Animal rights groups file lawsuits against the government frequently because they have discovered how to manipulate the system and get rich doing it. They purposely flood the U.S Fish & Wildlife Service with endangered species listing petitions. Last April, for example, the Center for Biological Diversity filed a bulk petition requesting Fish & Wildlife to review 404 species. Another group, called WildEarth Guardians, submitted two petitions seeking protection for 1,156 species.
According to statute, Fish & Wildlife only has 90 days to consider each species listed in the petition and then one year to make a determination whether to add the species on the Endangered List. If they miss a deadline, the activist groups sue knowing full well there are laws in place, such as the Equal Access to Justice Act that will entitle them to millions of dollars in compensation.
These are the pigs at the public trough. They are waiting on the deadlines to be missed just like sows waiting on slop.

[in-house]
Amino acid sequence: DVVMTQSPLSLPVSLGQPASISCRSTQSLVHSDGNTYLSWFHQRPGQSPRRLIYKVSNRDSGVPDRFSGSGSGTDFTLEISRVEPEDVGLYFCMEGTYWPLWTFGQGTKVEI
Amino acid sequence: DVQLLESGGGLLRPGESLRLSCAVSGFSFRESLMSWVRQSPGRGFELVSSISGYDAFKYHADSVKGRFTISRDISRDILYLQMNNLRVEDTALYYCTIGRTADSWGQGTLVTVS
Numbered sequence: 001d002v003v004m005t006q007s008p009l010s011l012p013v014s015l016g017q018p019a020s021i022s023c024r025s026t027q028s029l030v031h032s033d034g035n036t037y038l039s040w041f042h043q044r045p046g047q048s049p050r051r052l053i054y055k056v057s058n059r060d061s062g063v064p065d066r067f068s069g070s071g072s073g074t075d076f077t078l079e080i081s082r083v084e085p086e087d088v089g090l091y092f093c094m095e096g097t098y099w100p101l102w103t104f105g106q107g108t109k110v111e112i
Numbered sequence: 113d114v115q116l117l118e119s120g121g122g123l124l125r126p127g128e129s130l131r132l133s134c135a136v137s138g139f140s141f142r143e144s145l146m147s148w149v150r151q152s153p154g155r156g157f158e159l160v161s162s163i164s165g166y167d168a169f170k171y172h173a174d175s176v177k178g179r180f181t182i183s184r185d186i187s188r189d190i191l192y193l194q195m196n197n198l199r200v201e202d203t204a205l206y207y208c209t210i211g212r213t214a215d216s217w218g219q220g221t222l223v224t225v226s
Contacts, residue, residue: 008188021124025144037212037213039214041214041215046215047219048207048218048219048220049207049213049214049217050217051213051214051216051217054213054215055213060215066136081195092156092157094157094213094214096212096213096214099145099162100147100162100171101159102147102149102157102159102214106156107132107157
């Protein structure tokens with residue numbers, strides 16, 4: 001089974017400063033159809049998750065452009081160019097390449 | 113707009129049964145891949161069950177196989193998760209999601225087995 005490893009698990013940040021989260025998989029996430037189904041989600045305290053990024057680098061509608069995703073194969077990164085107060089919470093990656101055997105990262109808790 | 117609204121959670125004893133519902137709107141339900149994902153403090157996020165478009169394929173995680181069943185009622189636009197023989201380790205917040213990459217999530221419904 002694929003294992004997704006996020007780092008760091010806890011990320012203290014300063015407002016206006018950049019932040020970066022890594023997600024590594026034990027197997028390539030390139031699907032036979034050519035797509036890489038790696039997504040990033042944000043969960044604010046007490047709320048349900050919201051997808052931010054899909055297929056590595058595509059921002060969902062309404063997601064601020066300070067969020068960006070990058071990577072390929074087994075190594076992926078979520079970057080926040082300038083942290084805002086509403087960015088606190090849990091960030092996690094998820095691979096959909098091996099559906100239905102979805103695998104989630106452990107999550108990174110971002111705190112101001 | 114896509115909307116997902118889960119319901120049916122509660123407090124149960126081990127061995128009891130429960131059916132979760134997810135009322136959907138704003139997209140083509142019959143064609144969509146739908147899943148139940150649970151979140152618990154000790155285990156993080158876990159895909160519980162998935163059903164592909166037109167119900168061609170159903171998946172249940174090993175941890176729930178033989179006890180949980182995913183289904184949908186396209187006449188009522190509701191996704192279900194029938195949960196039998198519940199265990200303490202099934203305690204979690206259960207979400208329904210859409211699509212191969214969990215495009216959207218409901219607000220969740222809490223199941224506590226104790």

Clearly, the Endangered Species Act was never intended for this. The animals cited in these petitions are not endangered; they’re exploited. These lawsuits have nothing to do with actually preserving wildlife. It’s all about money, power and political leverage. Environmental litigation is big business, and the American taxpayers are paying for it.
This is also a symptom of a broader problem. Evidence strongly indicates a growing number of animal rights activists are serving within various agencies of the Federal government including the Fish & Wildlife department.